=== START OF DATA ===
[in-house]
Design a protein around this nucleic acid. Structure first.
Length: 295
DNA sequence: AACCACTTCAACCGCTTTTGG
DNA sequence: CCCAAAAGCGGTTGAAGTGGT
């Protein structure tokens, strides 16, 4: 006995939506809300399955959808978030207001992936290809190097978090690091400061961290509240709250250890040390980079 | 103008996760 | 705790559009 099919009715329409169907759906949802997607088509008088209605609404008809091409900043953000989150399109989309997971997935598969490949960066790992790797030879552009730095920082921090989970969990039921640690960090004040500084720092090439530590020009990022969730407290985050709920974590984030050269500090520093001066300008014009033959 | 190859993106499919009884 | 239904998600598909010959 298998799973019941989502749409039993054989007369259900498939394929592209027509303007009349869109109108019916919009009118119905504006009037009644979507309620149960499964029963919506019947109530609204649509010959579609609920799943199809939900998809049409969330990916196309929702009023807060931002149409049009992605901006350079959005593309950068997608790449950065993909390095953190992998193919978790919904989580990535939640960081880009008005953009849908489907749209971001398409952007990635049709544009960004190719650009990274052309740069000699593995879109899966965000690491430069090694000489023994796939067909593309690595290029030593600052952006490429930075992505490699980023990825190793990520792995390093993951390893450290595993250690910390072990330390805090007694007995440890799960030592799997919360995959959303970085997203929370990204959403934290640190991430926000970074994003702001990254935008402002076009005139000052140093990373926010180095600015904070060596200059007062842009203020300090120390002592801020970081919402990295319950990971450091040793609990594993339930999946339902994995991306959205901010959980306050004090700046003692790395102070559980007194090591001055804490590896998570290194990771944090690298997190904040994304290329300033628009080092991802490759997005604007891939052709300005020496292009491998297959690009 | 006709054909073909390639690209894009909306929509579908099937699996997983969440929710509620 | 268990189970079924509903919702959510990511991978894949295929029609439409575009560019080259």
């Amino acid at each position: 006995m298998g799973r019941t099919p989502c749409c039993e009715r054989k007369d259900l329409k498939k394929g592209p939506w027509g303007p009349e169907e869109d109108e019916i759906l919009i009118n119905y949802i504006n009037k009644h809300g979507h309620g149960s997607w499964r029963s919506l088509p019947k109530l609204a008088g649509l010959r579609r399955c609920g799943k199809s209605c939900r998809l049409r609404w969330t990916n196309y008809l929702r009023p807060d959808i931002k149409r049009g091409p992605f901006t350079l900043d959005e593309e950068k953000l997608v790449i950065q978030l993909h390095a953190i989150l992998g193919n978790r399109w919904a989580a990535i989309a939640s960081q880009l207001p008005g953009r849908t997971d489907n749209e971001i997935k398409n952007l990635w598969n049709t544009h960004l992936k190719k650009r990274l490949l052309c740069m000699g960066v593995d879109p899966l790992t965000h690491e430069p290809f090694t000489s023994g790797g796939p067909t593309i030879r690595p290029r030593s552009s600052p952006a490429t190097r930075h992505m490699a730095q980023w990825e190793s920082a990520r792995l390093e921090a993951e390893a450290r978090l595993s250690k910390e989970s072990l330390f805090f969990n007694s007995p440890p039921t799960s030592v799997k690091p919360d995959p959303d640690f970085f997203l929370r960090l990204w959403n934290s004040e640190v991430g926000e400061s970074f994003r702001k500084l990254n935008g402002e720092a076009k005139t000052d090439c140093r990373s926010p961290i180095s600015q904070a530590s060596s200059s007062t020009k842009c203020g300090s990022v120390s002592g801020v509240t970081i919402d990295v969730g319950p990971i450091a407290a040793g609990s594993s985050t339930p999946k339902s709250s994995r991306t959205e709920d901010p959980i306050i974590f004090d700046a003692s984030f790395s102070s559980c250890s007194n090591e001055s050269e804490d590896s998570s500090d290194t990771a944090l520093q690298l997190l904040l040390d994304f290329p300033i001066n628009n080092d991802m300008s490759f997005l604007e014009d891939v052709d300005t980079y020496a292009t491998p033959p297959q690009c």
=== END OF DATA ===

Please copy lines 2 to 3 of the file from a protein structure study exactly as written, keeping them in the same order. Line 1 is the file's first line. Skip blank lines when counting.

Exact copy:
Design a protein around this nucleic acid. Structure first.
Length: 295